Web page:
With a tendency for mustachioed characters, third eyes, and psychedelic woodgrain, San Diego artist Mike Maxwell’s self-taught skills continue to intrigue. We recently caught up with Mike when he came down to paint at SILO for the first time.
Known primarily as a figurative artist, Maxwell actually prefers small canvases and panels to large murals. “Painting large scale is a real challenge. It’s mentally, physically, and economically exhausting. Thats not to say that it isn’t fun though, because it is a blast.” What’s the difference? “You have to compromise a lot when working on a large scale wall, and I don’t normally have to do that when working in the studio.”
Maxwell admits to an obsession with Freemasonry and it’s symbology which is where the third eye comes from in many of his works. “I have multiple reasons for why I use it, both aesthetically, and psychologically.” It’s not all about his perspective though, Maxwell explains that the meaning behind the work is “really up to the observer and how the objects are defined within their reality.” With abstraction currently piquing his interest, Maxwell has been deconstructing his figurative work into simple silhouetted abstract forms. “I’ve found a lot of joy in doing so,” says Mike.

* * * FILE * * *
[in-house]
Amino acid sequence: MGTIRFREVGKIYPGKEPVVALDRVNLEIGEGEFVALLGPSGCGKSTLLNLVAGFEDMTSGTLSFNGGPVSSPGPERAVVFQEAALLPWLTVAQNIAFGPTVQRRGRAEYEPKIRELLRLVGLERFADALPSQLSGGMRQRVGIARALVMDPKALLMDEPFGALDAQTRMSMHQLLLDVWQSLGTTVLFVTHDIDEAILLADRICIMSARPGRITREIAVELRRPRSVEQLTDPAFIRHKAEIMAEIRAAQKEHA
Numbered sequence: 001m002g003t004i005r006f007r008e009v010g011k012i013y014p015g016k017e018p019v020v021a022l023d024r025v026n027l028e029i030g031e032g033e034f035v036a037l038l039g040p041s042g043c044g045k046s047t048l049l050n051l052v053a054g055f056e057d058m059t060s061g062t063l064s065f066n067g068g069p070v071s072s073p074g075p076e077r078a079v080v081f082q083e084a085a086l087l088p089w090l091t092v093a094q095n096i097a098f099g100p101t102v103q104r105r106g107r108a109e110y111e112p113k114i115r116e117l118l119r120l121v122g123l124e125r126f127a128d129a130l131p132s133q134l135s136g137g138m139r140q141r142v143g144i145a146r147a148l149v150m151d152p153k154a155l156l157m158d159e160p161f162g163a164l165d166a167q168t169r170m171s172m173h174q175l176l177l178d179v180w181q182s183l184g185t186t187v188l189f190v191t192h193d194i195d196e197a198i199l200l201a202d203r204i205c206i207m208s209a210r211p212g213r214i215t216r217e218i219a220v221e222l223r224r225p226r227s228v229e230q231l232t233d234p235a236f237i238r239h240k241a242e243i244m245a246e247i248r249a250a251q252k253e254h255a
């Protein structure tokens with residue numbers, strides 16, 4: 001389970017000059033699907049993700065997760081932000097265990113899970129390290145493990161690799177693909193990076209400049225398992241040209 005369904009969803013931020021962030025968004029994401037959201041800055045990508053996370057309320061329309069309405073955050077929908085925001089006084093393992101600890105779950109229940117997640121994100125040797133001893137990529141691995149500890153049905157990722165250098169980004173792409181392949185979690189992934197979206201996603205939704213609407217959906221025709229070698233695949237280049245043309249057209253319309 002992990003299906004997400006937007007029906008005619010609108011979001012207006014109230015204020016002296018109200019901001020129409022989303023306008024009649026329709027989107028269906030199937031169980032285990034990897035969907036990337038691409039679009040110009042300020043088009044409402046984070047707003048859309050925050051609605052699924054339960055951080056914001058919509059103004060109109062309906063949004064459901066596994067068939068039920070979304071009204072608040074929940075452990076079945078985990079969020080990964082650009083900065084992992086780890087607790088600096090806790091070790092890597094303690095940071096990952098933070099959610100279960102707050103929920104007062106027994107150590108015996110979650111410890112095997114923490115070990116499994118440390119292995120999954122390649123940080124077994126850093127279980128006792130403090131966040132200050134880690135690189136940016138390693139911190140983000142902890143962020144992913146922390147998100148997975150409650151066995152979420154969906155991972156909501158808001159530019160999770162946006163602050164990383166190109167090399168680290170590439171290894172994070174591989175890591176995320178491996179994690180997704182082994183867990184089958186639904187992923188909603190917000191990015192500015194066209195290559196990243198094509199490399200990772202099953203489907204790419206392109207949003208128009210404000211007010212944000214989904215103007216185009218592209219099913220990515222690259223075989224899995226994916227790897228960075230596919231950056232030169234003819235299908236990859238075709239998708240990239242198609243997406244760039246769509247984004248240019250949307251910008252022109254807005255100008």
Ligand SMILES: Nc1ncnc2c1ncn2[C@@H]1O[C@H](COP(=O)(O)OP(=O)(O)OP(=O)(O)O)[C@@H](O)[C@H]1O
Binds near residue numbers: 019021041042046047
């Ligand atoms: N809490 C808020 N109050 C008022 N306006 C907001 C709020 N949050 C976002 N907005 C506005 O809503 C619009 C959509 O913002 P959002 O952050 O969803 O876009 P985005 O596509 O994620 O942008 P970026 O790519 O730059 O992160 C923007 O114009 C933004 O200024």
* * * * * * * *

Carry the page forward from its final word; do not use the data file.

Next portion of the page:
Mike Maxwell has shown his artwork around the world. He starred in the documentary Working Class, with Mike Giant and has graced the pages of magazines like Juxtapoz and Time Magazine (when his portrait of President Obama was featured alongside the election in 2008.) When not painting, Maxwell has fun hosting The Live Free Podcast where he interviews and chats with some of the world’s best artists. There are 150 episodes available on itunes and thru mikemaxwellart.com as well as other podcast listening stations. Maxwell is also on the Blackhouse Team Nogueira Brazilian Jiu Jitsu with a Purple Belt.
Photos and article by Carly Ealey
Art independently curated by Chris Konecki. For more information on art in Makers Quarter™ contact: firstname.lastname@example.org